Dr Who is to be regenerated once more -- this time courtesy of the Internet.
The hero of the world's longest-running science fiction series has visited many worlds, but next month he will visit the unexplored terrain of cyberspace with the BBC's first ever Internet-only broadcast. The half-hour audio drama Death Comes to Time will be distributed on Friday 13 July as a series of streaming media tracks.
The drama will have an interactive element, allowing listeners to post reviews and vote on whether the Doctor should return.
It will be the Doctor's first appearance since a TV movie in 1996. The Dr Who television series ran from 1963 until its cancellation in 1989, but thousands of fans still buy new Dr Who books and CDs and attend conventions.
Death Comes to Time will feature Sylvester McCoy reprising his role as the Doctor. He joins a mysterious Time Lord played by Stephen Fry to battle an alien warlord, played by John Sessions.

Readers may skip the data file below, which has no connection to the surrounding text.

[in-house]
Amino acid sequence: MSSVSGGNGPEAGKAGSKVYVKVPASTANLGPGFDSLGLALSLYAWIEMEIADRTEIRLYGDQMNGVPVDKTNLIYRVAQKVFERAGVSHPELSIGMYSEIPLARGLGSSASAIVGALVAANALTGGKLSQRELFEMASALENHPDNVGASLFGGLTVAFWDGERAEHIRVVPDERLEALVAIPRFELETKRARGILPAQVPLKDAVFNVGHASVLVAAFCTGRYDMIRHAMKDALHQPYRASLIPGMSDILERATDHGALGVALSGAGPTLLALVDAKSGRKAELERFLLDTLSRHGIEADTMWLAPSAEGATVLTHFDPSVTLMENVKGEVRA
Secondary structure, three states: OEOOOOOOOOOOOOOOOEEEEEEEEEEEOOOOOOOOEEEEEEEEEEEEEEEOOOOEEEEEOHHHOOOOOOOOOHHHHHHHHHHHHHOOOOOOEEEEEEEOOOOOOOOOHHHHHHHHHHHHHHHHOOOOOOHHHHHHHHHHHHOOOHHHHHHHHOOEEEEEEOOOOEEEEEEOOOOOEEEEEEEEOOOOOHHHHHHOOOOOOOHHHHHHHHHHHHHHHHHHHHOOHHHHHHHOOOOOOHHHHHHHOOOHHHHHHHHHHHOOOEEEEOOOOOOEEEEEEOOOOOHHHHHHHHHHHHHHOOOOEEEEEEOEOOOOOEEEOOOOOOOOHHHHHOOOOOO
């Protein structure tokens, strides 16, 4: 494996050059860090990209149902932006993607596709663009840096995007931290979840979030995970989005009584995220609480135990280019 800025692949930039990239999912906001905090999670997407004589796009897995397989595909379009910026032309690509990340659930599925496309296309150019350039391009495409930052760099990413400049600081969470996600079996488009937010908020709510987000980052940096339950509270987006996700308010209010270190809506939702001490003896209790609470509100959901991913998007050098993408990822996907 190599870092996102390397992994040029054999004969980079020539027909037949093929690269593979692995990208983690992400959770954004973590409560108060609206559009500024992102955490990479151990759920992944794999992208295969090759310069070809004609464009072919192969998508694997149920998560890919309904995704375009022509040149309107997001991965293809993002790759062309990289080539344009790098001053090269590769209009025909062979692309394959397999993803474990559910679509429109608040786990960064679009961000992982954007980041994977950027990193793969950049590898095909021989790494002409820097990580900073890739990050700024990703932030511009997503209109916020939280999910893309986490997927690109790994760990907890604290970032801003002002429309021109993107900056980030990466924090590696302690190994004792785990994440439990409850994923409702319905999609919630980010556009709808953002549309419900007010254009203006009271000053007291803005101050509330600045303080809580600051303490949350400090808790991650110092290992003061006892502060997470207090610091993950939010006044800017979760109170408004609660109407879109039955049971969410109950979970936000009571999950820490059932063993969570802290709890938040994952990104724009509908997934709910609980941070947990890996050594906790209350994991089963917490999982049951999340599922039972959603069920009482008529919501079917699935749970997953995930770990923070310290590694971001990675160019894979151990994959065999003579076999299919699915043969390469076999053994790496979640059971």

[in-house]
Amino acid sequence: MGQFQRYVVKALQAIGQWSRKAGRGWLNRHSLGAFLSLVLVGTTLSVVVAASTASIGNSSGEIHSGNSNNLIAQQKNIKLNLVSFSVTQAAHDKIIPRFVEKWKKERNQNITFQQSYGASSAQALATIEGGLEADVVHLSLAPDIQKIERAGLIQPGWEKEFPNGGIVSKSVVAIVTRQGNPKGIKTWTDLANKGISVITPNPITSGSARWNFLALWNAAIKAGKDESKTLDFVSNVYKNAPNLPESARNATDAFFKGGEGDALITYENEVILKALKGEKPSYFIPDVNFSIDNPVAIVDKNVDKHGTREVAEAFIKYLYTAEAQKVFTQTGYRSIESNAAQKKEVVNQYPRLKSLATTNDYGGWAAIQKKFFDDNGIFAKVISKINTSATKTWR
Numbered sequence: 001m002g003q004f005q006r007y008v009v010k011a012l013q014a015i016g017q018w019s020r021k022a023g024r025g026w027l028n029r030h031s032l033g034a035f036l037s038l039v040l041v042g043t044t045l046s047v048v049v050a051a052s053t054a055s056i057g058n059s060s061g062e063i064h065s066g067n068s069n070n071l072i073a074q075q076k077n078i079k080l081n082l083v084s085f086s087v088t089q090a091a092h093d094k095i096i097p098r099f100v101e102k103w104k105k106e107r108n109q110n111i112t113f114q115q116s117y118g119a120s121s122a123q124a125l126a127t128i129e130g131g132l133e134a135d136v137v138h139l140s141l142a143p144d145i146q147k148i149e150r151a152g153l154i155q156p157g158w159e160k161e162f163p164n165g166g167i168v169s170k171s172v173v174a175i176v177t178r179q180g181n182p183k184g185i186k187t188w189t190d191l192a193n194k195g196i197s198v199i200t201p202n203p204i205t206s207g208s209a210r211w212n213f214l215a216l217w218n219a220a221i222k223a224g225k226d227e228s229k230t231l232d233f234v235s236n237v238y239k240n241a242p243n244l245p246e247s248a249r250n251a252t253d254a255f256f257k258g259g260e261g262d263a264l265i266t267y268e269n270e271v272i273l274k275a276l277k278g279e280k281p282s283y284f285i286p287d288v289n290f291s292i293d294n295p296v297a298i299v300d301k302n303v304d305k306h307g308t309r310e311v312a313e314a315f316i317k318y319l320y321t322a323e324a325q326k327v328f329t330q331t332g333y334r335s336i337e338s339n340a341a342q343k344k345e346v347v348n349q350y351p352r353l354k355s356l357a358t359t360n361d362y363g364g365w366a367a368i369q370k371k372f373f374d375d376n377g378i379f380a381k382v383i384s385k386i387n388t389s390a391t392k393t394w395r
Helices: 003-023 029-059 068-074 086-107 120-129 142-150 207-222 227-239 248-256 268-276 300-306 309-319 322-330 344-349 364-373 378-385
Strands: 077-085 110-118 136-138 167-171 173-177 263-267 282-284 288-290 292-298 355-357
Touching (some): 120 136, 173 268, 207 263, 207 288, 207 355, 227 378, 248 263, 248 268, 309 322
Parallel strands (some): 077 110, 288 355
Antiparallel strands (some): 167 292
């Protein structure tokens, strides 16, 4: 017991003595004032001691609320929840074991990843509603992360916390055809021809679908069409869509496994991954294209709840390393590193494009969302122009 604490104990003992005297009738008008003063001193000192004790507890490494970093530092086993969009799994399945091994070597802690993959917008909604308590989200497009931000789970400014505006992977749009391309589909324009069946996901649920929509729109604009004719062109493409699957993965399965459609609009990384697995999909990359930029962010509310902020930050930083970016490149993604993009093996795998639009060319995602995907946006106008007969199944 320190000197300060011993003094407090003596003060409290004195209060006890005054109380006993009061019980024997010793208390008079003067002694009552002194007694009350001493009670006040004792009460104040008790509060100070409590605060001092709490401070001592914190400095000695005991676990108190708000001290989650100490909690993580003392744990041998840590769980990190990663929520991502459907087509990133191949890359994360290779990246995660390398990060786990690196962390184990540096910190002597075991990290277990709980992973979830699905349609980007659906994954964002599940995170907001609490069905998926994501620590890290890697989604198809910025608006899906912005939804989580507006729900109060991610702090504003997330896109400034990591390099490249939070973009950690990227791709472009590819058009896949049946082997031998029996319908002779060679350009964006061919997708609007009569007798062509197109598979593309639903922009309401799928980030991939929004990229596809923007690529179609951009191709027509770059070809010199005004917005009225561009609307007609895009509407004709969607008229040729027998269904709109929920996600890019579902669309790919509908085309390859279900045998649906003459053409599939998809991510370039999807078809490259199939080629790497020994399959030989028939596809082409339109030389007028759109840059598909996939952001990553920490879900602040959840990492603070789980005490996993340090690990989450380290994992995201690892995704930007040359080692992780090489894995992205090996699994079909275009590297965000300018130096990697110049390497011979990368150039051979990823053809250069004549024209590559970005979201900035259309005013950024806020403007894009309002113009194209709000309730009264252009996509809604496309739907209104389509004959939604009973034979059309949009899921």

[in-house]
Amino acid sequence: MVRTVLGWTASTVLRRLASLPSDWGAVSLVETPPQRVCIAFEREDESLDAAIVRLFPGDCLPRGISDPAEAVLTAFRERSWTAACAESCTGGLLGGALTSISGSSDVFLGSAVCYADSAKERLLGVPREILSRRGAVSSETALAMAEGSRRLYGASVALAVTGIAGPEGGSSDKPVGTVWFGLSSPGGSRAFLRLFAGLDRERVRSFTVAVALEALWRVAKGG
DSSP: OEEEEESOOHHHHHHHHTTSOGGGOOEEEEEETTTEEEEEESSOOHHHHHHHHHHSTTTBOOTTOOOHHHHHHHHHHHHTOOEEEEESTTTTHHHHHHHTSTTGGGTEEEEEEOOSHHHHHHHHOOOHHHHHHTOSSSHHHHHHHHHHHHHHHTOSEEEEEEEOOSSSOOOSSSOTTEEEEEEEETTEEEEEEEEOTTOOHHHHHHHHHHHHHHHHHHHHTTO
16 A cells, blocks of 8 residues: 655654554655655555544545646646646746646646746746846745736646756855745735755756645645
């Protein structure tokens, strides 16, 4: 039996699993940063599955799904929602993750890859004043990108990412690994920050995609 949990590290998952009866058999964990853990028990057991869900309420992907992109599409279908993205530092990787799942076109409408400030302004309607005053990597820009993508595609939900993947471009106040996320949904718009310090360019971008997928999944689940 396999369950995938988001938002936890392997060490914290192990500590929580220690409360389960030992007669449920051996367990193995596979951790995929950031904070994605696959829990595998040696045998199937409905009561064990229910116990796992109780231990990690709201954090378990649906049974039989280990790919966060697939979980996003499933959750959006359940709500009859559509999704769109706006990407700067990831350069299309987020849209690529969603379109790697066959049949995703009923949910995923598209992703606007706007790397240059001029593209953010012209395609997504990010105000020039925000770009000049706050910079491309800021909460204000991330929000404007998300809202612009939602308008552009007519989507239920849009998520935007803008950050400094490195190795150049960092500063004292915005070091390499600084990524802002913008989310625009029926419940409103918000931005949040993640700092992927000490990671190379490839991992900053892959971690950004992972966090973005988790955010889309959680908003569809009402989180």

A number of creators and production companies have experimented with the Internet as a way of distributing entertainment, including Stephen King's abortive attempt to sell a serialised novel on Amazon.com.
So far, however, it remains difficult to make money from Internet broadcasting, and the Net has been most successful when accompanying more traditional media, such as the live Internet camera feeds accompanying the Big Brother television show.
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